Talk About Suicide?

I read a post today from a bipolar blogger who suggested that people should talk about suicide more, that one in ten people have considered it at one point.  Yes, I agree, we should talk about it, I absolutely couldn't agree more with her, but here's the thing...

Who exactly would I talk to if I felt suicidal?  Sure, a medical professional, but other than that, who?  No one that I know could possibly understand what it feels like to be at that level of depression, where you're in so much pain that you just want it to end and it soothes you with the mere thought of ending it all, which becomes an obsession.  When you start narrowing the ways down to how you're going to do it, and then decide on the way it's going to happen.  Unless someone has experienced it before, there is no way they can comprehend what that feels like.  There is nothing that they could say or do to make me feel better.  Being bipolar, it's a chemical imbalance more than likely anyway.  And...it would scare them and make them worry about me, which I wouldn't want. 

For me, it was this huge secret I carried around.  Yes, people knew something was wrong with me and asked me about it, and I didn't know what to do about that.  When you're that depressed, you try to act normal, but you can't remember what that felt like so you don't know how you used to act.

Here's the really morbid part.  When people are down, I always tell them just wait it out, things always get better, because they do, eventually.  To other people, I'm the eternally positive person.  Only, I'm actually not.  So what is morbid about that, right?  A lot of times when I hear about someone committing suicide, I think to myself, "Wow, they actually did it - they had so much more courage than I have", and as weird as it sounds, I kind of admire them.  They did what I once wanted to do but couldn't get the courage to do it.

But now, many years later, after my Dad tried to commit suicide, I get it.  I see how it feels to have a family member try to take their own life and feel as if you were so insignificant to them that they didn't care how it was going to affect you.  Especially my Dad, he knew.  My aunt committed suicide, so he knew exactly how it would make his family feel.  My Dad passed away last year from natural causes, and I'm sure he's in a much better place now.

They say people with bipolar disorder are never "cured" with medication, that there are always relapses, although they may be mild.  I worry a lot about falling back into that big black hole of depression, unable to dig myself out again.  Or walking around with this black cloud over my head all the time, holding me down, keeping me depressed.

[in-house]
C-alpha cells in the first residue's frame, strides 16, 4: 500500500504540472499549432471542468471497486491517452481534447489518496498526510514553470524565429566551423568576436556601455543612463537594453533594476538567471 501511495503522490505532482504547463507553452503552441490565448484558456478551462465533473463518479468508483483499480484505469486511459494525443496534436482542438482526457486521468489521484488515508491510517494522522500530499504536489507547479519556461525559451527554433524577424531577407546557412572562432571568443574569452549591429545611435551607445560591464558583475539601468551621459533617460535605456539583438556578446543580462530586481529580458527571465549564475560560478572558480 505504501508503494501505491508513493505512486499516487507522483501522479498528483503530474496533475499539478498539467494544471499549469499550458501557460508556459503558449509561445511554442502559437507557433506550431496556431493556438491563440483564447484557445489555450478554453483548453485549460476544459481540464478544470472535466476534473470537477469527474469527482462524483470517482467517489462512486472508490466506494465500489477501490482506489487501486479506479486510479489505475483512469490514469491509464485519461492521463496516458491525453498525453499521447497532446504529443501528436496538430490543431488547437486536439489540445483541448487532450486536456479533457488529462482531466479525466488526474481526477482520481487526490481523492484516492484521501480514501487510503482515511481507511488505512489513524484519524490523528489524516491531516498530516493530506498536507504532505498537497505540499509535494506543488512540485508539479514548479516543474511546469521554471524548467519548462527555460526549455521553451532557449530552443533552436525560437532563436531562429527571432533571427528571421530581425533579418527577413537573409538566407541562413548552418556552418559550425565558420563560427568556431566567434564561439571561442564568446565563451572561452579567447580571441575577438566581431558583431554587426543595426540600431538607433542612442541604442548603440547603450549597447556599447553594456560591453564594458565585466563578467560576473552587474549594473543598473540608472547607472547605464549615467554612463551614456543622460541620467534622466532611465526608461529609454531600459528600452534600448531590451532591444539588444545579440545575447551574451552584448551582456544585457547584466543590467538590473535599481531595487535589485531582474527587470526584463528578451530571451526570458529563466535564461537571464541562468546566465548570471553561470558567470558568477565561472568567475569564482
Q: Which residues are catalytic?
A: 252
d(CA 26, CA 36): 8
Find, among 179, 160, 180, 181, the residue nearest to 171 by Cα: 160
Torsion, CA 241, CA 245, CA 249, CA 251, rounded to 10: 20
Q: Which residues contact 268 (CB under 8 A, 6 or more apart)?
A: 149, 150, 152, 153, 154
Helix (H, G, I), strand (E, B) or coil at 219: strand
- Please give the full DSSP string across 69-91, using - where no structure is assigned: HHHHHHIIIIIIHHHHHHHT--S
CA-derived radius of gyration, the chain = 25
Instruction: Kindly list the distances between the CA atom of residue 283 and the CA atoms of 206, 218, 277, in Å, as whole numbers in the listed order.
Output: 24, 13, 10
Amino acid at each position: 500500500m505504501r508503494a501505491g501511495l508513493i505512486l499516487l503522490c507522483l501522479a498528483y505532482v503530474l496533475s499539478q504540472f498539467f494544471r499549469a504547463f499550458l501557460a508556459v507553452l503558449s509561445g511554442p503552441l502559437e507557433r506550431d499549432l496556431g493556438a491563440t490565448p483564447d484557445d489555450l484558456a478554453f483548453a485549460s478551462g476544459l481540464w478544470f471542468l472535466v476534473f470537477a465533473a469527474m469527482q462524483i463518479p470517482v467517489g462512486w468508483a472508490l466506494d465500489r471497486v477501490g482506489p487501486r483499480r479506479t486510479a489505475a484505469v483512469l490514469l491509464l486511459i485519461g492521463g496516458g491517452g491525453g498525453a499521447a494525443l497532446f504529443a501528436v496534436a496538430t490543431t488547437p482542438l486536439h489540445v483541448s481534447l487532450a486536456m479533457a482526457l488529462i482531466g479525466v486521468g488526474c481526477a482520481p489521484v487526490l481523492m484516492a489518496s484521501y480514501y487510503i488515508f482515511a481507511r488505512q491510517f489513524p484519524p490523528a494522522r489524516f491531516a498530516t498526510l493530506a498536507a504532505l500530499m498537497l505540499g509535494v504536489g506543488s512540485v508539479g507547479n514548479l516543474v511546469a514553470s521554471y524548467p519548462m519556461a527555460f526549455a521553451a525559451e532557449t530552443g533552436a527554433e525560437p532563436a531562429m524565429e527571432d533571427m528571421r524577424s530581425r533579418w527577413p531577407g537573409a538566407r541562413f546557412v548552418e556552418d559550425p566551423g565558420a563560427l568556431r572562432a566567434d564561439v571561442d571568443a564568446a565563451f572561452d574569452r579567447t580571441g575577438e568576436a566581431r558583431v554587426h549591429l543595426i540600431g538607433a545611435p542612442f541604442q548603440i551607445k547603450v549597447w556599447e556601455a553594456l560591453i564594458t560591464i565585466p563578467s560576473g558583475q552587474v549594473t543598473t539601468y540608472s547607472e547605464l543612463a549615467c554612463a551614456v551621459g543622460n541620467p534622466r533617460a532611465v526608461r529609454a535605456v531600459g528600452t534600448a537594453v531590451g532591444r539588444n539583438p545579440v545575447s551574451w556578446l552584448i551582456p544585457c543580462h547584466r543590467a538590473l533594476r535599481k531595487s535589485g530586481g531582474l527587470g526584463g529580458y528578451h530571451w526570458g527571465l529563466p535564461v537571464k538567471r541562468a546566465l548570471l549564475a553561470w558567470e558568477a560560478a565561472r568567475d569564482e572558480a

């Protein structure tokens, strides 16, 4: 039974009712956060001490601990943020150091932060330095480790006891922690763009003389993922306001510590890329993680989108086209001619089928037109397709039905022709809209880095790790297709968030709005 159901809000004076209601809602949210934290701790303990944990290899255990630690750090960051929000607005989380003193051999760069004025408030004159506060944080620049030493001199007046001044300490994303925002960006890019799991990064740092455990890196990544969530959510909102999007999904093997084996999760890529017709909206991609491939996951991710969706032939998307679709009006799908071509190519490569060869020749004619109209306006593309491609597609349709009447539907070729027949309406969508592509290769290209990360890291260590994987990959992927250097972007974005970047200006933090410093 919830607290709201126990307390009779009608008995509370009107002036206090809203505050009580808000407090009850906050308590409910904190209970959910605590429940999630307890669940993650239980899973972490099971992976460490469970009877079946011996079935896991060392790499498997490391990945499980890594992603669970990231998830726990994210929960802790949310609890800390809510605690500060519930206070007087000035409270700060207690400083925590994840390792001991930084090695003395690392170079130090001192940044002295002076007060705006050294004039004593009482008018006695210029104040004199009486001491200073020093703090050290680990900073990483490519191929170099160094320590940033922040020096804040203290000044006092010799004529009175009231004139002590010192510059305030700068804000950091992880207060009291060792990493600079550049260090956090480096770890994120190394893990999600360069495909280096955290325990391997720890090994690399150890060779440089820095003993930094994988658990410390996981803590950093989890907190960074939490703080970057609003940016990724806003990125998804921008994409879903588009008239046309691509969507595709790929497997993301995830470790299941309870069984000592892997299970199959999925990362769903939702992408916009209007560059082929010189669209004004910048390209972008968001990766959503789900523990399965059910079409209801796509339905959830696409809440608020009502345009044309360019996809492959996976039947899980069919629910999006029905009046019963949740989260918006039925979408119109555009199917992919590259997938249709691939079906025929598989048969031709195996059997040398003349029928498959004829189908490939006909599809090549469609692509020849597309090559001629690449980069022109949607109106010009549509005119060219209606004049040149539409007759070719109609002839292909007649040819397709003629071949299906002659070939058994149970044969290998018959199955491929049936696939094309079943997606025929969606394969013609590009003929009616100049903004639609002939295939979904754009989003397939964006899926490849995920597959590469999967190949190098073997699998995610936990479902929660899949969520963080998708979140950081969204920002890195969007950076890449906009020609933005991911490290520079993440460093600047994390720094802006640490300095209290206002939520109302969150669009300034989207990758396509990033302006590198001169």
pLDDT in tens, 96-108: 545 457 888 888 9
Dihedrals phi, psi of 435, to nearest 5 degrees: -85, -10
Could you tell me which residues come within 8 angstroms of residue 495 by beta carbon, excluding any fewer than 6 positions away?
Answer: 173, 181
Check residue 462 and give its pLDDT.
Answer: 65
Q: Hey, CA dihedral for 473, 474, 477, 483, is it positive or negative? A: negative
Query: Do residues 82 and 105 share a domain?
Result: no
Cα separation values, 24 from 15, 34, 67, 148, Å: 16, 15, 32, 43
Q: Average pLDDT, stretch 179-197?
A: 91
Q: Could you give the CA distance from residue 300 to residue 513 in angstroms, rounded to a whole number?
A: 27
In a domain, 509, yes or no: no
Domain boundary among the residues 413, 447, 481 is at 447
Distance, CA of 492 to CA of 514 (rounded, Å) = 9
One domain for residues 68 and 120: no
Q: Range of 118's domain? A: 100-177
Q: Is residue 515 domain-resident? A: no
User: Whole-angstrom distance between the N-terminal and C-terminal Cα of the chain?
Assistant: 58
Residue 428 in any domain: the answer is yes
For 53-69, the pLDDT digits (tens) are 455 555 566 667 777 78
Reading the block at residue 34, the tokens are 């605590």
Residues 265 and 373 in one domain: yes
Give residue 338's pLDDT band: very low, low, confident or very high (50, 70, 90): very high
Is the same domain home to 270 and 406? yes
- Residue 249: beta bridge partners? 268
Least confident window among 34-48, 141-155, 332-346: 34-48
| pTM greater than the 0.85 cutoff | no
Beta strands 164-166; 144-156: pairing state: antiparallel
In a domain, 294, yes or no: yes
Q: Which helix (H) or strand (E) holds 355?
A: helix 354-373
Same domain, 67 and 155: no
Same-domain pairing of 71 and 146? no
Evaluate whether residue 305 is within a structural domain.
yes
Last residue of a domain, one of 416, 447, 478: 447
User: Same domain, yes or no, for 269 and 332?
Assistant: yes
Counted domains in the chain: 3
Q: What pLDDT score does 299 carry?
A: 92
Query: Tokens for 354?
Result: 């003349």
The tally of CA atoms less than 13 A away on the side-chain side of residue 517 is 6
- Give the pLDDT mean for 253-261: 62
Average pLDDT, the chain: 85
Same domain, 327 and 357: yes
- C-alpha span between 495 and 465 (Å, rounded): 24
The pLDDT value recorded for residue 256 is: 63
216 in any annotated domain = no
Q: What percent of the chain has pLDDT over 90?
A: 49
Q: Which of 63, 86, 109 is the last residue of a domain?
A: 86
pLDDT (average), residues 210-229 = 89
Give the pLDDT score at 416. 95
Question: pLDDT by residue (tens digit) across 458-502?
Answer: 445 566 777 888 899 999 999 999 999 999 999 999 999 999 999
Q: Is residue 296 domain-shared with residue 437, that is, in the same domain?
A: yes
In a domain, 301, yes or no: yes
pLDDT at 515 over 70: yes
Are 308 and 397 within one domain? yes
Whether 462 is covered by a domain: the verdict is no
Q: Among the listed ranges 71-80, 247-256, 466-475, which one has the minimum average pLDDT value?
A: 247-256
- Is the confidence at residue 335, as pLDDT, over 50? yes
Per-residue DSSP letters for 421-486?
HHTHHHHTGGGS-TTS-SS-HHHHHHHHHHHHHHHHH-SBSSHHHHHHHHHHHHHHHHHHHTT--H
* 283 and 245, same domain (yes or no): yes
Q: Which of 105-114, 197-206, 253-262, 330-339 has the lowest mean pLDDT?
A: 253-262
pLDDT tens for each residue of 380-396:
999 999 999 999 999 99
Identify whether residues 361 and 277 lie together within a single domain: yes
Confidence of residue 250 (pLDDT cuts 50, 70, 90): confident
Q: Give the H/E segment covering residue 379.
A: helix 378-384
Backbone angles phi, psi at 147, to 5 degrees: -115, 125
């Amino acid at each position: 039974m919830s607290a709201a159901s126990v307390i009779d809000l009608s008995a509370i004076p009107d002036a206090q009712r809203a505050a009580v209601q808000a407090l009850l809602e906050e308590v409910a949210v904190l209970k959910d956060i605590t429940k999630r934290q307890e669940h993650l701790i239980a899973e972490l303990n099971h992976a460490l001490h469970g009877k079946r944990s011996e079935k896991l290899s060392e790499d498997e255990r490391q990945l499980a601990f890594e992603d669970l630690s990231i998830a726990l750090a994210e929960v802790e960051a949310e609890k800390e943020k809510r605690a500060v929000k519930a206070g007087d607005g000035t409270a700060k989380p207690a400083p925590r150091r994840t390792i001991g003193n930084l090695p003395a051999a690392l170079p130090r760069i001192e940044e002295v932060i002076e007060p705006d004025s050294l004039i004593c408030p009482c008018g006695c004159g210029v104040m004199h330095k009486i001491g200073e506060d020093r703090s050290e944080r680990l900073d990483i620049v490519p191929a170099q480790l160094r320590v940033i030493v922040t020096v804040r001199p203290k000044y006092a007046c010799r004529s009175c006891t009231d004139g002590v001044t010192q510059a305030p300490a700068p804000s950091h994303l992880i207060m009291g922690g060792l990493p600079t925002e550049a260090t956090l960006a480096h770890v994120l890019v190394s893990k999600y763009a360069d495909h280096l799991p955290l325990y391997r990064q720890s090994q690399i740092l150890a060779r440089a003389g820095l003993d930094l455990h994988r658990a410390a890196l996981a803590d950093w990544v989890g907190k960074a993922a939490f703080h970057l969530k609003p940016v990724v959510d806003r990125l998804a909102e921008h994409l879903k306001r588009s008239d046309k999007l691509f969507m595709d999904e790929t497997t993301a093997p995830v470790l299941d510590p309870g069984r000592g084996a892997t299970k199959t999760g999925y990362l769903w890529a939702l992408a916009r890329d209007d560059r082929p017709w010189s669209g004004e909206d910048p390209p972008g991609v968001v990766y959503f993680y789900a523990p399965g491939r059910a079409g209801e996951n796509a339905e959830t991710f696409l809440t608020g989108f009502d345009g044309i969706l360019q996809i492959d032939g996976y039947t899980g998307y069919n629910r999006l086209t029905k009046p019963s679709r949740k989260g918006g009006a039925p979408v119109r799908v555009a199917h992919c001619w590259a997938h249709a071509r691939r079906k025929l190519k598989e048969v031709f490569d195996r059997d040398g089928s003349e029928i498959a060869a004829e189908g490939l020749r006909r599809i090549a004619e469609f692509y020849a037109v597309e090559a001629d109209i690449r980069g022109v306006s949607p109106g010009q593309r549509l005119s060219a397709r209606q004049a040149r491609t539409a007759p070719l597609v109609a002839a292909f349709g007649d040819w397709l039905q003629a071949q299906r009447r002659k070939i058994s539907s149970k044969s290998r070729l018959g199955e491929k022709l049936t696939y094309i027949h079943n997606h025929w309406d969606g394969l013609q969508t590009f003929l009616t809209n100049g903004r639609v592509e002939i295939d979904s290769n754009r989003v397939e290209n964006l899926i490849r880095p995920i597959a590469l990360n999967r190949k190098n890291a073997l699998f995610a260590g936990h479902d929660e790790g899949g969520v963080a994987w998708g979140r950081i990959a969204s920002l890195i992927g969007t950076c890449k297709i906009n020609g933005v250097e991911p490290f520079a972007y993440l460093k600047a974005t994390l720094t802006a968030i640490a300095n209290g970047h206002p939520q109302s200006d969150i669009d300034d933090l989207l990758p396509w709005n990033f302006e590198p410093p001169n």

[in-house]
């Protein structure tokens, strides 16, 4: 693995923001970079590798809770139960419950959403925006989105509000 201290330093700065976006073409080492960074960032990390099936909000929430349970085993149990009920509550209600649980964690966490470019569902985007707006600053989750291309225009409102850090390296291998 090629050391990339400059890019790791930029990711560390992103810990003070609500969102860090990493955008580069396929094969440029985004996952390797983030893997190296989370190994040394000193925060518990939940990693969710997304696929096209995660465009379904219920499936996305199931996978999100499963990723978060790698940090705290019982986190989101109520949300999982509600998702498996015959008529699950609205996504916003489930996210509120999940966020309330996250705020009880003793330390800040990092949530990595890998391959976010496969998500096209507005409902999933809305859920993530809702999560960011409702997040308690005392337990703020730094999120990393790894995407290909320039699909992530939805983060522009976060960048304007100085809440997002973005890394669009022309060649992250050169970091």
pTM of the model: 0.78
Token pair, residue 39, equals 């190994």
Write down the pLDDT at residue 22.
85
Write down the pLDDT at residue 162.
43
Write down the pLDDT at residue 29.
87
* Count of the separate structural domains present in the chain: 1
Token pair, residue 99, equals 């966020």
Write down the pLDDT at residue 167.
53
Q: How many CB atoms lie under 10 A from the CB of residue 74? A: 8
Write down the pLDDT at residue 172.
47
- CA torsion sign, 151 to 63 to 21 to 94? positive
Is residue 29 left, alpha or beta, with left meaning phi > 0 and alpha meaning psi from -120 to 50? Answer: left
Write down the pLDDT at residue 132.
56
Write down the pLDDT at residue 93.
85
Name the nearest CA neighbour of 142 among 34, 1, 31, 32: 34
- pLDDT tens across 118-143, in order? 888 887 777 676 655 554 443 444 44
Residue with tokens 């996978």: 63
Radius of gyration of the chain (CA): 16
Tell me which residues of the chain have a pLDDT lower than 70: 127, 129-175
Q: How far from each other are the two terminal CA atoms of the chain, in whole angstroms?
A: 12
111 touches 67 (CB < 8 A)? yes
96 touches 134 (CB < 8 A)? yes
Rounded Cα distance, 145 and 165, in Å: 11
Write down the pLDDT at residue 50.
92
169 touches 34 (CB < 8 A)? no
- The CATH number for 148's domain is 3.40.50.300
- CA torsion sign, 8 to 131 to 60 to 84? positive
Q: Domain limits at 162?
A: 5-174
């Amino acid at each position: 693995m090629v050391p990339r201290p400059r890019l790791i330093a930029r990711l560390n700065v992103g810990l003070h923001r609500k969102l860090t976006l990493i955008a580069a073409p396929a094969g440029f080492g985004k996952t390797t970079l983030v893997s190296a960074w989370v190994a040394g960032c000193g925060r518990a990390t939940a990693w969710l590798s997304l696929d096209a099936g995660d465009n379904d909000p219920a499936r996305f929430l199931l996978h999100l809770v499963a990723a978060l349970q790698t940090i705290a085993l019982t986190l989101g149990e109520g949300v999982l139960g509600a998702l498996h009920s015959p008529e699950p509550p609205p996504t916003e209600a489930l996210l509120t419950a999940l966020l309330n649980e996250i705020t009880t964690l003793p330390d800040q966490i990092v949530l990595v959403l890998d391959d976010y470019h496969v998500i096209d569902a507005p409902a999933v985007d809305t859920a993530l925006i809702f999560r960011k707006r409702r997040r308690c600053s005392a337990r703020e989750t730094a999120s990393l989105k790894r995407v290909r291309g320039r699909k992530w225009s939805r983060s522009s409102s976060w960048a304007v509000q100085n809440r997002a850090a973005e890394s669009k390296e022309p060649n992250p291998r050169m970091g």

That part I do talk about, to my husband.  But if I was suicidal again?  You know, when I was suicidal, I did try to tell my then-psychiatrist and my husband, in my own way, how I was feeling and how desperate I was, but they didn't take me seriously at first, and that may be my fault. It's very hard to be brutally honest about something like suicide.  I'm not really sure what happened that Sunday afternoon that woke my husband and my horrible then-psychiatrist up to push me and demand that I check myself into the hospital, but whatever it was, I wish I could write it down to share, since apparently there's some sort of code words people are looking for to spring into action.  But - that wasn't the action I was wanting at the time.  All I wanted was a new drug to try.  I had reached down deep and found a sliver of hope, enough to ask for a med change, that was all it was, that's all I was capable of.  But the secret must have come out somehow.  Maybe I was just exhausted from keeping it in, I don't know.   

2 comments:

Tam of Two said...

Totally relate to this post, I spend a lot of time in this mind state, and I never tell anyone how serious the suicidal thoughts/planning gets... I guess the only thing that stops me is the fear of hurting my family and friends. One day I'll probably go batshit crazy and just get it over with lol! I don't think my pdoc has ever picked up just how close I've gotten in the past, I've never been hospitalized!

KansasSunflower said...

ToT - I'm sorry you can relate to this post! You should tell someone how you are feeling, but I totally get that it's hard, and I don't know why health professionals don't pick up on it when that is their job. I suppose they are not mind readers. But defintely tell them! I remember I was just so relieved when people took me seriously and I was hospitalized - like the weight of the world had been lifted off my shoulders. I was still horribly depressed, and it wasn't pleasant, but it was comforting. Very hard to explain. It actually wasn't a bad experience!

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